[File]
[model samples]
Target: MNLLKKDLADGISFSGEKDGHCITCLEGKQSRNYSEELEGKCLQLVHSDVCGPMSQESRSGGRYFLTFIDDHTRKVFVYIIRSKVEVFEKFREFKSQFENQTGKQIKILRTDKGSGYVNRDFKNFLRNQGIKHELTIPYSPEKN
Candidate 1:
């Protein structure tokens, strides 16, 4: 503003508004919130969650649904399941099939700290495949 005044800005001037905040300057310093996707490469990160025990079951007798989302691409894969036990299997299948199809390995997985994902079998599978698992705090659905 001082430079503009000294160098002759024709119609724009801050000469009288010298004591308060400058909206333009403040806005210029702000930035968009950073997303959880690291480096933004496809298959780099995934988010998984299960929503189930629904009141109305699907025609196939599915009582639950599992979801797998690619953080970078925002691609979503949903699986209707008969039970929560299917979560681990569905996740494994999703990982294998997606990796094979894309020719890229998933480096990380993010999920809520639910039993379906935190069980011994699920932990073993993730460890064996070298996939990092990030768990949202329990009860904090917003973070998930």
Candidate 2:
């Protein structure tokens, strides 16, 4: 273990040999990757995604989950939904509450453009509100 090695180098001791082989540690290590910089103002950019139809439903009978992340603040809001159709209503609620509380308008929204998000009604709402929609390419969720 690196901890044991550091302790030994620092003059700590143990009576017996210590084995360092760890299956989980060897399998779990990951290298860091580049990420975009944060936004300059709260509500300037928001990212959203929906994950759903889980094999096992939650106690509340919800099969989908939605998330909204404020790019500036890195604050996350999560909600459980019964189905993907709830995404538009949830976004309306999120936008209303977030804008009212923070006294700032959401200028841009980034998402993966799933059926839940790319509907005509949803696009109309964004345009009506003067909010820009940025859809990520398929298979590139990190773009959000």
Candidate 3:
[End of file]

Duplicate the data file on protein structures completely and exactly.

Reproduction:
[model samples]
Target: MNLLKKDLADGISFSGEKDGHCITCLEGKQSRNYSEELEGKCLQLVHSDVCGPMSQESRSGGRYFLTFIDDHTRKVFVYIIRSKVEVFEKFREFKSQFENQTGKQIKILRTDKGSGYVNRDFKNFLRNQGIKHELTIPYSPEKN
Candidate 1:
């Protein structure tokens, strides 16, 4: 503003508004919130969650649904399941099939700290495949 005044800005001037905040300057310093996707490469990160025990079951007798989302691409894969036990299997299948199809390995997985994902079998599978698992705090659905 001082430079503009000294160098002759024709119609724009801050000469009288010298004591308060400058909206333009403040806005210029702000930035968009950073997303959880690291480096933004496809298959780099995934988010998984299960929503189930629904009141109305699907025609196939599915009582639950599992979801797998690619953080970078925002691609979503949903699986209707008969039970929560299917979560681990569905996740494994999703990982294998997606990796094979894309020719890229998933480096990380993010999920809520639910039993379906935190069980011994699920932990073993993730460890064996070298996939990092990030768990949202329990009860904090917003973070998930």
Candidate 2:
């Protein structure tokens, strides 16, 4: 273990040999990757995604989950939904509450453009509100 090695180098001791082989540690290590910089103002950019139809439903009978992340603040809001159709209503609620509380308008929204998000009604709402929609390419969720 690196901890044991550091302790030994620092003059700590143990009576017996210590084995360092760890299956989980060897399998779990990951290298860091580049990420975009944060936004300059709260509500300037928001990212959203929906994950759903889980094999096992939650106690509340919800099969989908939605998330909204404020790019500036890195604050996350999560909600459980019964189905993907709830995404538009949830976004309306999120936008209303977030804008009212923070006294700032959401200028841009980034998402993966799933059926839940790319509907005509949803696009109309964004345009009506003067909010820009940025859809990520398929298979590139990190773009959000």
Candidate 3: